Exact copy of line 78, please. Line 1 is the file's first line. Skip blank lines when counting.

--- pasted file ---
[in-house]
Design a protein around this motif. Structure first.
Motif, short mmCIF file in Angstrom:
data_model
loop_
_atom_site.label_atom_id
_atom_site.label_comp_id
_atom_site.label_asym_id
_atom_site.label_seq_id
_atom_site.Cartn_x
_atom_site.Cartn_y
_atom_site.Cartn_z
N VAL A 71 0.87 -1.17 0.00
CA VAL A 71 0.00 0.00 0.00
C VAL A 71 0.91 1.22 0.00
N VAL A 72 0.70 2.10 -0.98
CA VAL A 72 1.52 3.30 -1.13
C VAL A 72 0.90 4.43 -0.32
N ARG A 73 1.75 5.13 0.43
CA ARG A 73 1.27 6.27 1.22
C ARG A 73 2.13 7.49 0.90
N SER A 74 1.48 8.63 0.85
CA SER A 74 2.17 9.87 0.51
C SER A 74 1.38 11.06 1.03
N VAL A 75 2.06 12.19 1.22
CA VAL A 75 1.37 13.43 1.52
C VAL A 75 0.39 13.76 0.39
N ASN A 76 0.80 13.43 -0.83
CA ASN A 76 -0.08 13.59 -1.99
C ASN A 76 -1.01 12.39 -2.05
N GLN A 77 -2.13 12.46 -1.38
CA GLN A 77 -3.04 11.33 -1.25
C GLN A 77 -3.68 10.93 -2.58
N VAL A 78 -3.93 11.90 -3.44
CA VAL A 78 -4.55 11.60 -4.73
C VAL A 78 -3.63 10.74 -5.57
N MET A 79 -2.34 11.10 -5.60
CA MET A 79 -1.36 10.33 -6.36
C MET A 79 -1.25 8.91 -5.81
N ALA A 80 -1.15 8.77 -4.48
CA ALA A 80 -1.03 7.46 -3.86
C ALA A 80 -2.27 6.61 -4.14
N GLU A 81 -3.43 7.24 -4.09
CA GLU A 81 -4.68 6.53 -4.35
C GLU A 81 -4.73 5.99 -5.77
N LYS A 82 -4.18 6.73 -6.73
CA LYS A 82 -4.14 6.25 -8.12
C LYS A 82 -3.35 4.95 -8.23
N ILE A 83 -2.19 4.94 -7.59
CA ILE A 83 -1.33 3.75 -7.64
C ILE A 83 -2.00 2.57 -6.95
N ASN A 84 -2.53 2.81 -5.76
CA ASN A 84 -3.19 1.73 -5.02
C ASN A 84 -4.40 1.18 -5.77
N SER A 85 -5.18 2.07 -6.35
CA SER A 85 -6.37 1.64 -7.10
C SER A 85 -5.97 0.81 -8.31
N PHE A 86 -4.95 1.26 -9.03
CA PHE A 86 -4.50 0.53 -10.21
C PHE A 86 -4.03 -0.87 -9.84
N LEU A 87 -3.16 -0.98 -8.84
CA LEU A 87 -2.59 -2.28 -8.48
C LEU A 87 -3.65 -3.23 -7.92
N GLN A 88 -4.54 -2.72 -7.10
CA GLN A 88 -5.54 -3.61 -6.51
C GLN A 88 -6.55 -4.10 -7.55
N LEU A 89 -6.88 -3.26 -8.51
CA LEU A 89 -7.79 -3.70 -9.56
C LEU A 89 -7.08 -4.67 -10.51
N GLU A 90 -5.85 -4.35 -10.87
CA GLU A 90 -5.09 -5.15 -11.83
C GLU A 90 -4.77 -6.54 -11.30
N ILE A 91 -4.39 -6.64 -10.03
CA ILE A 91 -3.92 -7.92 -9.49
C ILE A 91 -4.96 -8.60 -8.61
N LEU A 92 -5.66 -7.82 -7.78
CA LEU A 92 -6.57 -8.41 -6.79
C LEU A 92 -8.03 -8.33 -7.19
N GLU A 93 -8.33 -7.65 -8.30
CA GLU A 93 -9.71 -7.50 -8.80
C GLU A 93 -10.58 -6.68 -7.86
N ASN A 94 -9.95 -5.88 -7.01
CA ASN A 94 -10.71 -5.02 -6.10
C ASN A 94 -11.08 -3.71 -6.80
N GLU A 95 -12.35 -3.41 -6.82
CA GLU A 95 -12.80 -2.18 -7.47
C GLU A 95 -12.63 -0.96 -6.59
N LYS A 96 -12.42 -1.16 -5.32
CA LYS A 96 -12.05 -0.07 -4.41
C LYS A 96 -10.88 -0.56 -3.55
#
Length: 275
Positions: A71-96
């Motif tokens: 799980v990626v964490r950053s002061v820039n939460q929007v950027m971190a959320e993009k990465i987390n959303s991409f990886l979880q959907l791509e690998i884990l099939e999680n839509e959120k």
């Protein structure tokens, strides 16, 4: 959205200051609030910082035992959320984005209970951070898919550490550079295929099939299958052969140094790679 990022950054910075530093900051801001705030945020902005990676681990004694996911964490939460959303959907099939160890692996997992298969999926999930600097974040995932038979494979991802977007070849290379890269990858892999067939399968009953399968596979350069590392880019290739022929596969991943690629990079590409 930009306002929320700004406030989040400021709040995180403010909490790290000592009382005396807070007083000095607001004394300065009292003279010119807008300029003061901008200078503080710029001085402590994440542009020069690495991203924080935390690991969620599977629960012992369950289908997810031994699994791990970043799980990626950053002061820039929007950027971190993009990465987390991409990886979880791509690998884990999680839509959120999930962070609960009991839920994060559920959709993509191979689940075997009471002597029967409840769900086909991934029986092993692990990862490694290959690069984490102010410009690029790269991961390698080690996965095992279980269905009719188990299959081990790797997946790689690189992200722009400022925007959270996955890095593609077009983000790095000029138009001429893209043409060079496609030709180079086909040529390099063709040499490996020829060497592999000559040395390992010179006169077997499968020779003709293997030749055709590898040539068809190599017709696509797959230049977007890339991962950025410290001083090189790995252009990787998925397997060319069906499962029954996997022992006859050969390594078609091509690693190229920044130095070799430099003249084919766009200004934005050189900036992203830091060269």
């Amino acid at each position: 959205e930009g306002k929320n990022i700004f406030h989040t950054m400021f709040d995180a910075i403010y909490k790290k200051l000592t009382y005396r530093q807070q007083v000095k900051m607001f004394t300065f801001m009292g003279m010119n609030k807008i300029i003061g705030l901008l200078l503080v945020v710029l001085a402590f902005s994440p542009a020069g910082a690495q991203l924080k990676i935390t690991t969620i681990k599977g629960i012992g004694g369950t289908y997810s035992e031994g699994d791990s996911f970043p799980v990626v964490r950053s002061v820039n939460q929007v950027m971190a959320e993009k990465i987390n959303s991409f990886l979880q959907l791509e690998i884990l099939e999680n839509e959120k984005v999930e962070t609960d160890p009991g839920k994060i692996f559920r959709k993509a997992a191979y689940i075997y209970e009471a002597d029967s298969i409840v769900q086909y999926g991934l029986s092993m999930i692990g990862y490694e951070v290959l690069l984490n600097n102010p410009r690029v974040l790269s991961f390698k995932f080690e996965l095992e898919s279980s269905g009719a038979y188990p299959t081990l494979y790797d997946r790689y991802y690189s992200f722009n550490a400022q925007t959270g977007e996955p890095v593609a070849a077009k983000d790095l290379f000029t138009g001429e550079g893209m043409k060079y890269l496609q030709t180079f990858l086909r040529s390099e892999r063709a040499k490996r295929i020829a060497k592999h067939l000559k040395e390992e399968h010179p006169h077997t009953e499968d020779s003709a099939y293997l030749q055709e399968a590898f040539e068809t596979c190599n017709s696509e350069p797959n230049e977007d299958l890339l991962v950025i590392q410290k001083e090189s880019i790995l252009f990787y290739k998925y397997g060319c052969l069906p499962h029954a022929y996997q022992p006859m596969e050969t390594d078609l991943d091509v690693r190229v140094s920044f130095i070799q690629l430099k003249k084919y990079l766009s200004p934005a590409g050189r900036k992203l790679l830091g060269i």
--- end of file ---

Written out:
C LEU A 92 -8.03 -8.33 -7.19